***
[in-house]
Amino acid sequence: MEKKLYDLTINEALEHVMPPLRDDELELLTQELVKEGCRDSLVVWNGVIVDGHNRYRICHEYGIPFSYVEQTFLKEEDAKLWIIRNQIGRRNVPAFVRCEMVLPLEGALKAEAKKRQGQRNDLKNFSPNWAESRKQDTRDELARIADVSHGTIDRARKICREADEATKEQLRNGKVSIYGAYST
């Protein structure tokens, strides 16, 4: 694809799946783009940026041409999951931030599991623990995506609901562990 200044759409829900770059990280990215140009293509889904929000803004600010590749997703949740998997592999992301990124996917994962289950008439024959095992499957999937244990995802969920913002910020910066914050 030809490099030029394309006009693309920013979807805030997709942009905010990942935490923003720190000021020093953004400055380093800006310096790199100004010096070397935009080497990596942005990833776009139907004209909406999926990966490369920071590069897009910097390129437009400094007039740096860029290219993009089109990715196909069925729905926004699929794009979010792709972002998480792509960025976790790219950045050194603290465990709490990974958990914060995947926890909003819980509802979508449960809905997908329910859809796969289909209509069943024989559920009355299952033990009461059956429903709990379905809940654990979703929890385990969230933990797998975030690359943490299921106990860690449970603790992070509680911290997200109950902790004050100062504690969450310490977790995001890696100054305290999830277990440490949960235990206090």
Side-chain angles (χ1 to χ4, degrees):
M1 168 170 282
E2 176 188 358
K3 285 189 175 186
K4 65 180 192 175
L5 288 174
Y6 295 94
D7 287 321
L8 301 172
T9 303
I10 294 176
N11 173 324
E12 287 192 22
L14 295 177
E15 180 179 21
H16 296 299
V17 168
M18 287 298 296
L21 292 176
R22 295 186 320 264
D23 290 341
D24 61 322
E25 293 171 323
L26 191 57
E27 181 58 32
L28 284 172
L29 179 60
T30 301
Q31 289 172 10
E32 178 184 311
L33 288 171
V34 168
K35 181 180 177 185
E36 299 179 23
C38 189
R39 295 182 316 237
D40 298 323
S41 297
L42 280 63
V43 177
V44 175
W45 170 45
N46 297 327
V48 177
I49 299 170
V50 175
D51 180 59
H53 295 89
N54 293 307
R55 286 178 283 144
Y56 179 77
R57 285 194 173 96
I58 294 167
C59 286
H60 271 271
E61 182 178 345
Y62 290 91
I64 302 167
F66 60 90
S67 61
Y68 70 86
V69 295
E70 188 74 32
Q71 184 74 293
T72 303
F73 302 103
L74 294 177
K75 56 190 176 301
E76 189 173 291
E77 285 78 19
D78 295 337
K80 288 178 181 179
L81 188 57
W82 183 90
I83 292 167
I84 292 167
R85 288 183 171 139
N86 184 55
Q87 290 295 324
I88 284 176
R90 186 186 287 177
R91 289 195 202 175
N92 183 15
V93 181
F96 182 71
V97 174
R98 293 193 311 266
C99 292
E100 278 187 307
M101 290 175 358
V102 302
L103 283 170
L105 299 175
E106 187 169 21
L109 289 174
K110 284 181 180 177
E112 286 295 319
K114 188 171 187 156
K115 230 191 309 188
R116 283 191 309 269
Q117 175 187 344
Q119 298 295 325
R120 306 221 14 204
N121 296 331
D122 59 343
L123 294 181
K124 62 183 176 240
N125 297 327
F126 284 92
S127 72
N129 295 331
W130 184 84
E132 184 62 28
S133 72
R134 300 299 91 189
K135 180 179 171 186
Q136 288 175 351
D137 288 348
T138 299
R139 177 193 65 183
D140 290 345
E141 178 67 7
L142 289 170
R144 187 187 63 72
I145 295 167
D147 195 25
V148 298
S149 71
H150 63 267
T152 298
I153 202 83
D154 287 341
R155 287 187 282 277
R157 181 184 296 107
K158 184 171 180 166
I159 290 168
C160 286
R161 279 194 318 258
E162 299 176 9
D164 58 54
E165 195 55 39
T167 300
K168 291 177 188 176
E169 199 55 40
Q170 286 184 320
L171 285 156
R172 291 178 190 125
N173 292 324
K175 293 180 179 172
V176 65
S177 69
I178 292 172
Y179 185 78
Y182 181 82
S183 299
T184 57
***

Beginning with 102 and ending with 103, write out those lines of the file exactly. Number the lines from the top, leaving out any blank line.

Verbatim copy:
K115 230 191 309 188
R116 283 191 309 269